Many arenas will toss you out the back door with a few nasty words and ban you from re-entering the show, but Detroit's Palace of Auburn Hills and DET Energy Music Theater take these types of fan security breaches even more seriously. "A person who runs on the stage is arrested and charged with a misdemeanor crime punishable by up to 93 days and jail and a fine of up to $500," explains Thomas Hardesty, Director of Security & Traffic Management for Palace Sports Entertainment.
Hardesty also reminds fans who are thinking of scaling security barriers to keep in mind that their favorite artist might not exactly be happy about the surprise visit. “The performers do not know who this person is or what the person’s intentions are when they run at the performer. Some performers might react aggressively towards the fan.”
During a 2012 Ted Nugent show, a fan got so into "Cat Scratch Fever" that he rushed the stage mid-song. The bass player immediately ran over and kicked the fan in the head before he was quickly escorted out by security. Randy Blythe, of Lamb of God, pushed a fan from the stage during a 2010 show. As a result, the concertgoer hit his head and sustained injuries that caused him to die two weeks later.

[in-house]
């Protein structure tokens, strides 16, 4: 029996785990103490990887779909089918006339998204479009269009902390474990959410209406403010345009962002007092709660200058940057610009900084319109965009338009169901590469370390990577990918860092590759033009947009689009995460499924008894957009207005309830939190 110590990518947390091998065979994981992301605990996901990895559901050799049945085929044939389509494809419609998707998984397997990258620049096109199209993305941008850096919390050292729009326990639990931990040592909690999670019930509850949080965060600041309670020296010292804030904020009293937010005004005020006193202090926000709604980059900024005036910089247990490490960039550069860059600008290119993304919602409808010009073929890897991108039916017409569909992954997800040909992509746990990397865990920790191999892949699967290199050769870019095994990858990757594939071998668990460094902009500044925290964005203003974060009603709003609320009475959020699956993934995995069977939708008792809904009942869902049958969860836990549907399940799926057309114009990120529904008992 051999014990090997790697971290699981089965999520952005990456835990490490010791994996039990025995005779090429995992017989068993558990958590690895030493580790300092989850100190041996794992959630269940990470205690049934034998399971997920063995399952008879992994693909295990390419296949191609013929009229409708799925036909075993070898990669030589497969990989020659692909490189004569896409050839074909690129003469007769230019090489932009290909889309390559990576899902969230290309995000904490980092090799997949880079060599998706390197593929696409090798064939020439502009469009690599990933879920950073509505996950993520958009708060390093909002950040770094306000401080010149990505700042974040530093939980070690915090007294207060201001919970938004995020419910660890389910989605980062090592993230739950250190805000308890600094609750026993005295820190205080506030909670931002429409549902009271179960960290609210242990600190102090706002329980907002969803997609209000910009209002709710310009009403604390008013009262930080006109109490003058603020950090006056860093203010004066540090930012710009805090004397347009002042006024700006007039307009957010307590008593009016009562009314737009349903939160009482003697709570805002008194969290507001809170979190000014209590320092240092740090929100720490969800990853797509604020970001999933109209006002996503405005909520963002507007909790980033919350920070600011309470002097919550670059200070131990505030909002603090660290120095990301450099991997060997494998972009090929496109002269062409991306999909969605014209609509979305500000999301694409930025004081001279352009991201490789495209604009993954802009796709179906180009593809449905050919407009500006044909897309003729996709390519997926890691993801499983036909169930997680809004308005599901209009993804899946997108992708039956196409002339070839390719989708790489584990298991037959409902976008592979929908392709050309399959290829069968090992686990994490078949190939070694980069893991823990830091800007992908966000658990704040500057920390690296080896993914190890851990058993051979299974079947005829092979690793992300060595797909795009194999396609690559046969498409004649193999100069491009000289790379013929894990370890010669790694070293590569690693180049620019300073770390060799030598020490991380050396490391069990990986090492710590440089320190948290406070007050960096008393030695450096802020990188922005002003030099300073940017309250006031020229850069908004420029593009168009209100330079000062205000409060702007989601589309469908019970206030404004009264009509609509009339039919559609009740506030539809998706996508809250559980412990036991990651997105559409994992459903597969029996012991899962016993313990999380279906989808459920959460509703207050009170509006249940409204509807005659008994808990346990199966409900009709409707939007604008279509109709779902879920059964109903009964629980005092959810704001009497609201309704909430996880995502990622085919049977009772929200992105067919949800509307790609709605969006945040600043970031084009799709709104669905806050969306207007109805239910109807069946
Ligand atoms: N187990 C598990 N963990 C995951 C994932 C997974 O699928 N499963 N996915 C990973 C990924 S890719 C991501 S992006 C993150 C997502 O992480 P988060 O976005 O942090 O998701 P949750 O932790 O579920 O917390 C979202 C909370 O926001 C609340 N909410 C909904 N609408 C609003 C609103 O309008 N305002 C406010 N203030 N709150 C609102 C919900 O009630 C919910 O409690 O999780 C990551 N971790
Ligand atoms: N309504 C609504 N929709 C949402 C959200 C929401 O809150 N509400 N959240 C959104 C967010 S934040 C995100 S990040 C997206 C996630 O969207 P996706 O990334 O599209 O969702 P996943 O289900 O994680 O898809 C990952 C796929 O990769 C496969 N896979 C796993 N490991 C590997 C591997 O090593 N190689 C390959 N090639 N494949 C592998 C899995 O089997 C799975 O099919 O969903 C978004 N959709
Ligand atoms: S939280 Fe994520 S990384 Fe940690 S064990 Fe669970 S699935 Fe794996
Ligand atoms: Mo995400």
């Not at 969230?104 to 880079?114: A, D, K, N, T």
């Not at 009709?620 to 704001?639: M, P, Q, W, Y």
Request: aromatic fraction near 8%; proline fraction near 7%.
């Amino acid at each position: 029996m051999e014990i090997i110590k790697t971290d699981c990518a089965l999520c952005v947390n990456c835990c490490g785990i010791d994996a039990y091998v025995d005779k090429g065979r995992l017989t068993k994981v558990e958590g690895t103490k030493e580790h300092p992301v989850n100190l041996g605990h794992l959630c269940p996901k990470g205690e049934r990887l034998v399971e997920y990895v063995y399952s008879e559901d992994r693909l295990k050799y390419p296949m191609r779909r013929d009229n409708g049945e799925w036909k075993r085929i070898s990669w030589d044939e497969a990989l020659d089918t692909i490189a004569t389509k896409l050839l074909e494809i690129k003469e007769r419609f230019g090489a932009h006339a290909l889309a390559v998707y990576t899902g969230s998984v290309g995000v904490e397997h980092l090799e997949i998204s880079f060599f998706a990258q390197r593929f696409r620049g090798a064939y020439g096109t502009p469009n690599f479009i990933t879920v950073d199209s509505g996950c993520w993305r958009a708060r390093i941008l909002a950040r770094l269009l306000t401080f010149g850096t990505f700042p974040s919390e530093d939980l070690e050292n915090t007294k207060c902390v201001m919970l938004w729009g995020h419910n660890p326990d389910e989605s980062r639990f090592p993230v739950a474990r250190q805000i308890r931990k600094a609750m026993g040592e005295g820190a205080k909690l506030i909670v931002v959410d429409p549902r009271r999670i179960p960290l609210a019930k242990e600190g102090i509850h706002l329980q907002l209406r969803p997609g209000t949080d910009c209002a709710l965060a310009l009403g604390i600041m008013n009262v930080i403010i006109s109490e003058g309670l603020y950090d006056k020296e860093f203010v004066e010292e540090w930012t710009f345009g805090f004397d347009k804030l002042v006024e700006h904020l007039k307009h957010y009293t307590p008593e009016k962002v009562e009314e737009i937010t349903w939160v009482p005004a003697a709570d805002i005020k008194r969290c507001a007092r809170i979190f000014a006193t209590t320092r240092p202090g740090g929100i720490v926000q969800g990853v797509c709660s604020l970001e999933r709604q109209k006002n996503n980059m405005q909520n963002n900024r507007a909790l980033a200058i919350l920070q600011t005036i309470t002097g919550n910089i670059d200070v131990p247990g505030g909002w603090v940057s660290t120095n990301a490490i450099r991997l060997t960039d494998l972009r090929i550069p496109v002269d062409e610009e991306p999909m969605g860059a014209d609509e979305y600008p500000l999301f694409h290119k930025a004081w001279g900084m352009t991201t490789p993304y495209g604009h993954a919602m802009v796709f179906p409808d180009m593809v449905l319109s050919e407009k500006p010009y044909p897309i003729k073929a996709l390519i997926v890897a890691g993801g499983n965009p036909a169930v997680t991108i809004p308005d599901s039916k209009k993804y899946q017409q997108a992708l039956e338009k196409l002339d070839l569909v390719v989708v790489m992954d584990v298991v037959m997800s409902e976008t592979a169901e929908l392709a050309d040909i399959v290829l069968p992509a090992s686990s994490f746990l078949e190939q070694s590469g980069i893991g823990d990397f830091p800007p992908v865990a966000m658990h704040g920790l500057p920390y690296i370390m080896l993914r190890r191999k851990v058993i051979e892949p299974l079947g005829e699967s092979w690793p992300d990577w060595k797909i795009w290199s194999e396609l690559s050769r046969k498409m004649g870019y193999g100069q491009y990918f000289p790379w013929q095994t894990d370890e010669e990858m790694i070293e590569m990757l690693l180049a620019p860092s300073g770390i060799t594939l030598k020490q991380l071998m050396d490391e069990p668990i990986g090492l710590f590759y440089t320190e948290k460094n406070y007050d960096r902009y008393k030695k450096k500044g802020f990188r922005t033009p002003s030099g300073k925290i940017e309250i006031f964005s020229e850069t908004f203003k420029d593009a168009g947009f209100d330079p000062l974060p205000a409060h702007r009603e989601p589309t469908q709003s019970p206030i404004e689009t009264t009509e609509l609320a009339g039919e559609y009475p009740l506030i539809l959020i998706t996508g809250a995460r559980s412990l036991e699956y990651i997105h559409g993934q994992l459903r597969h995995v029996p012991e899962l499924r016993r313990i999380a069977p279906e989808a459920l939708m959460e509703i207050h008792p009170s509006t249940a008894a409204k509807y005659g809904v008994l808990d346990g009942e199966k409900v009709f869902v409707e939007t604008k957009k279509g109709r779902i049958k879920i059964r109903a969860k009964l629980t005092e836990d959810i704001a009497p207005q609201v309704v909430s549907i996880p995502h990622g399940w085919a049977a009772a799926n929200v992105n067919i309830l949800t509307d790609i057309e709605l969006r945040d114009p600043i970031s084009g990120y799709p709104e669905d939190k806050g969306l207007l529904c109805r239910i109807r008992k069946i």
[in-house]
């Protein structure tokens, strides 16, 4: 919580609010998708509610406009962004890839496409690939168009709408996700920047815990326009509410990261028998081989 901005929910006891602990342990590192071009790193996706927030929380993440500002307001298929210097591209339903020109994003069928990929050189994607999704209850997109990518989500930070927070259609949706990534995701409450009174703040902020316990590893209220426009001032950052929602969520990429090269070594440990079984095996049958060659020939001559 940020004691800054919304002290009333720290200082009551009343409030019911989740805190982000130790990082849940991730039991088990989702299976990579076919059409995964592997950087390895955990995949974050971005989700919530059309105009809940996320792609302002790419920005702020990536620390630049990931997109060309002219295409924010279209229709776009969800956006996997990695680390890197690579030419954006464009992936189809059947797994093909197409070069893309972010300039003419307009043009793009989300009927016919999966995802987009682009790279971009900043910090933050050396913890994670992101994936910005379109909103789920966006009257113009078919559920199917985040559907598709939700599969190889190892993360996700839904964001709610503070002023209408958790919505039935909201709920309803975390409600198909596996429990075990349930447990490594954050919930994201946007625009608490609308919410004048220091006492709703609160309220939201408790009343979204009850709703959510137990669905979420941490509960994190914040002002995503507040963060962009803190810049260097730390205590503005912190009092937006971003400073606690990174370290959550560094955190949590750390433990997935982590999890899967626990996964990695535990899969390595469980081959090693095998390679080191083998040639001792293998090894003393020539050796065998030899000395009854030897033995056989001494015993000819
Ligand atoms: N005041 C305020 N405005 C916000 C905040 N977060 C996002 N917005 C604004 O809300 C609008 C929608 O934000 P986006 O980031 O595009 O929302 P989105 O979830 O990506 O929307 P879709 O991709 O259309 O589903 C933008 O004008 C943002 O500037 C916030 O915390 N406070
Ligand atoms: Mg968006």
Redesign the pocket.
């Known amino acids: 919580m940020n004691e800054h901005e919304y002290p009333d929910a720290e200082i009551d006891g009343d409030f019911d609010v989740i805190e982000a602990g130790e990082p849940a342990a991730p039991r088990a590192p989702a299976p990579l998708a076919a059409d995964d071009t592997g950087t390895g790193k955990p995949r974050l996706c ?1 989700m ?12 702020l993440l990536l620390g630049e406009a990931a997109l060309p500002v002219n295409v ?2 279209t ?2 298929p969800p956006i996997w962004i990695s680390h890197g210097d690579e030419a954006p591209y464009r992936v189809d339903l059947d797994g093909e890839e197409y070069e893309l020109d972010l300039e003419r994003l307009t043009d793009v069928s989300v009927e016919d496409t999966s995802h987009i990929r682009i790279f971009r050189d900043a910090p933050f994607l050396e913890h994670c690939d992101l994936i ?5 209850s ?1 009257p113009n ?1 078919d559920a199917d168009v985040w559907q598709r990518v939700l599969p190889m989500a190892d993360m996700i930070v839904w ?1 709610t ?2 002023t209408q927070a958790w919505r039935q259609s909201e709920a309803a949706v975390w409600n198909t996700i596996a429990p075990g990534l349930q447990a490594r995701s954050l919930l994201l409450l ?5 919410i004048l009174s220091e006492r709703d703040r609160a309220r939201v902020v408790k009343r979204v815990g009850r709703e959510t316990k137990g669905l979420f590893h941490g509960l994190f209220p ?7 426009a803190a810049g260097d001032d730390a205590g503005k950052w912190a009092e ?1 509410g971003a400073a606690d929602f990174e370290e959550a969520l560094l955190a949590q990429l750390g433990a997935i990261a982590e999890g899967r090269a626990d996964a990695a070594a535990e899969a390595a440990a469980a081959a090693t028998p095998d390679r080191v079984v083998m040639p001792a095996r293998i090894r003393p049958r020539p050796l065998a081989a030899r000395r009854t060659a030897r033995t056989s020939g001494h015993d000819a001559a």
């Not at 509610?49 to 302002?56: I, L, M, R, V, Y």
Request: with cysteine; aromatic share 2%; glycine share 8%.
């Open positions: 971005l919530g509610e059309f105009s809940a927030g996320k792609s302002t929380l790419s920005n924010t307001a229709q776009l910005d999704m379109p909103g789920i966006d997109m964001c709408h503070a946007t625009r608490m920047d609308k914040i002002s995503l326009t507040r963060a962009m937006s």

Then there’s the issue of the crowd turning on a fan that does manage to make it back to their seat after climbing on stage. In February, a heckler at a Ghostface Killah concert was pummeled by the artist’s loyal constituents.
And in other bizarre repercussions, some artists may even try to deny that the one-on-one encounter with a fan took place at all. When Common performed at the Tanqueray Trunk Show in Detroit earlier this month, he engaged in an impromptu makeout session with one of his female audience members. But when some of his adoring fans began to post photos and videos of the incident on Instagram the day after, accusing him of "cheating" on them, the rapper responded on Twitter: "Now u know u can’t believe what u C on IG!"
Getting up close and personal with your favorite artist during a live concert is a special moment. But pretty soon, if people don't start behaving, we may all find ourselves attending concerts that have sky-high fences set up in front of the stage. Seeing a band perform won't be much different than going to see a caged animal at the zoo.